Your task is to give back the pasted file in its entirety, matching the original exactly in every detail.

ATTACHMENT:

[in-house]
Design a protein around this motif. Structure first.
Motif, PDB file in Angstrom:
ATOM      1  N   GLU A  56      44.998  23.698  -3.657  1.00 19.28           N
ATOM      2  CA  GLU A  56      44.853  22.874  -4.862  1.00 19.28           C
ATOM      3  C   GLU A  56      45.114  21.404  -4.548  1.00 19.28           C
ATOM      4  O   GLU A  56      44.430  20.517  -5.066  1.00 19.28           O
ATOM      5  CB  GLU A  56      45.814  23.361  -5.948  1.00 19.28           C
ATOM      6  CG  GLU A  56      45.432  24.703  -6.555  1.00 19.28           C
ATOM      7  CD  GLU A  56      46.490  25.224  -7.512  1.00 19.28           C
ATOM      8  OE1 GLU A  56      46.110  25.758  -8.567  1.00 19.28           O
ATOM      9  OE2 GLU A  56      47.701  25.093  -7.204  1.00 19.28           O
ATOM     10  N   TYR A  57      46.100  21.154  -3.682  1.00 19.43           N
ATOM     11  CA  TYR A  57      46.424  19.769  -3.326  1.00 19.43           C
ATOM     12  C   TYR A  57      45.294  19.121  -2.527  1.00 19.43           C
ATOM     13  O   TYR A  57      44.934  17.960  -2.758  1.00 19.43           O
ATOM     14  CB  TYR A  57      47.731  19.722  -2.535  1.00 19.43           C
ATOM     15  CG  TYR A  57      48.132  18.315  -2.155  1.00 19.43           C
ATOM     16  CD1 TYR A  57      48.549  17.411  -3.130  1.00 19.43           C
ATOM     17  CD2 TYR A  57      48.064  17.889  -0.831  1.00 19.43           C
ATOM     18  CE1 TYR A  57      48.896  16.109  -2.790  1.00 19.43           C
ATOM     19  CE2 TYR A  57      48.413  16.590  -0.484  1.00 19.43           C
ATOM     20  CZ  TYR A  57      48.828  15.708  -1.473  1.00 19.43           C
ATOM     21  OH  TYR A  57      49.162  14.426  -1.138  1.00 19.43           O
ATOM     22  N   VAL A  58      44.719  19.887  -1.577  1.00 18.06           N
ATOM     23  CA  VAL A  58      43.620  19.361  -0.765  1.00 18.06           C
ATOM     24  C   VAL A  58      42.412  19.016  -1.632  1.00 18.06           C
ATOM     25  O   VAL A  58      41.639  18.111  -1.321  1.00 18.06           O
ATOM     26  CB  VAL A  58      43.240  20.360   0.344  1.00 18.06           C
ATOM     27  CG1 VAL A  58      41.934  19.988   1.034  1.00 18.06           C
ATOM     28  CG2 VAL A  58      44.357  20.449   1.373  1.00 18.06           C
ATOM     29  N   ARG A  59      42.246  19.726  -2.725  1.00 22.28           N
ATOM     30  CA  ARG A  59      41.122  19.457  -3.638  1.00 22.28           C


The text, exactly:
[in-house]
Design a protein around this motif. Structure first.
Motif, PDB file in Angstrom:
ATOM      1  N   GLU A  56      44.998  23.698  -3.657  1.00 19.28           N
ATOM      2  CA  GLU A  56      44.853  22.874  -4.862  1.00 19.28           C
ATOM      3  C   GLU A  56      45.114  21.404  -4.548  1.00 19.28           C
ATOM      4  O   GLU A  56      44.430  20.517  -5.066  1.00 19.28           O
ATOM      5  CB  GLU A  56      45.814  23.361  -5.948  1.00 19.28           C
ATOM      6  CG  GLU A  56      45.432  24.703  -6.555  1.00 19.28           C
ATOM      7  CD  GLU A  56      46.490  25.224  -7.512  1.00 19.28           C
ATOM      8  OE1 GLU A  56      46.110  25.758  -8.567  1.00 19.28           O
ATOM      9  OE2 GLU A  56      47.701  25.093  -7.204  1.00 19.28           O
ATOM     10  N   TYR A  57      46.100  21.154  -3.682  1.00 19.43           N
ATOM     11  CA  TYR A  57      46.424  19.769  -3.326  1.00 19.43           C
ATOM     12  C   TYR A  57      45.294  19.121  -2.527  1.00 19.43           C
ATOM     13  O   TYR A  57      44.934  17.960  -2.758  1.00 19.43           O
ATOM     14  CB  TYR A  57      47.731  19.722  -2.535  1.00 19.43           C
ATOM     15  CG  TYR A  57      48.132  18.315  -2.155  1.00 19.43           C
ATOM     16  CD1 TYR A  57      48.549  17.411  -3.130  1.00 19.43           C
ATOM     17  CD2 TYR A  57      48.064  17.889  -0.831  1.00 19.43           C
ATOM     18  CE1 TYR A  57      48.896  16.109  -2.790  1.00 19.43           C
ATOM     19  CE2 TYR A  57      48.413  16.590  -0.484  1.00 19.43           C
ATOM     20  CZ  TYR A  57      48.828  15.708  -1.473  1.00 19.43           C
ATOM     21  OH  TYR A  57      49.162  14.426  -1.138  1.00 19.43           O
ATOM     22  N   VAL A  58      44.719  19.887  -1.577  1.00 18.06           N
ATOM     23  CA  VAL A  58      43.620  19.361  -0.765  1.00 18.06           C
ATOM     24  C   VAL A  58      42.412  19.016  -1.632  1.00 18.06           C
ATOM     25  O   VAL A  58      41.639  18.111  -1.321  1.00 18.06           O
ATOM     26  CB  VAL A  58      43.240  20.360   0.344  1.00 18.06           C
ATOM     27  CG1 VAL A  58      41.934  19.988   1.034  1.00 18.06           C
ATOM     28  CG2 VAL A  58      44.357  20.449   1.373  1.00 18.06           C
ATOM     29  N   ARG A  59      42.246  19.726  -2.725  1.00 22.28           N
ATOM     30  CA  ARG A  59      41.122  19.457  -3.638  1.00 22.28           C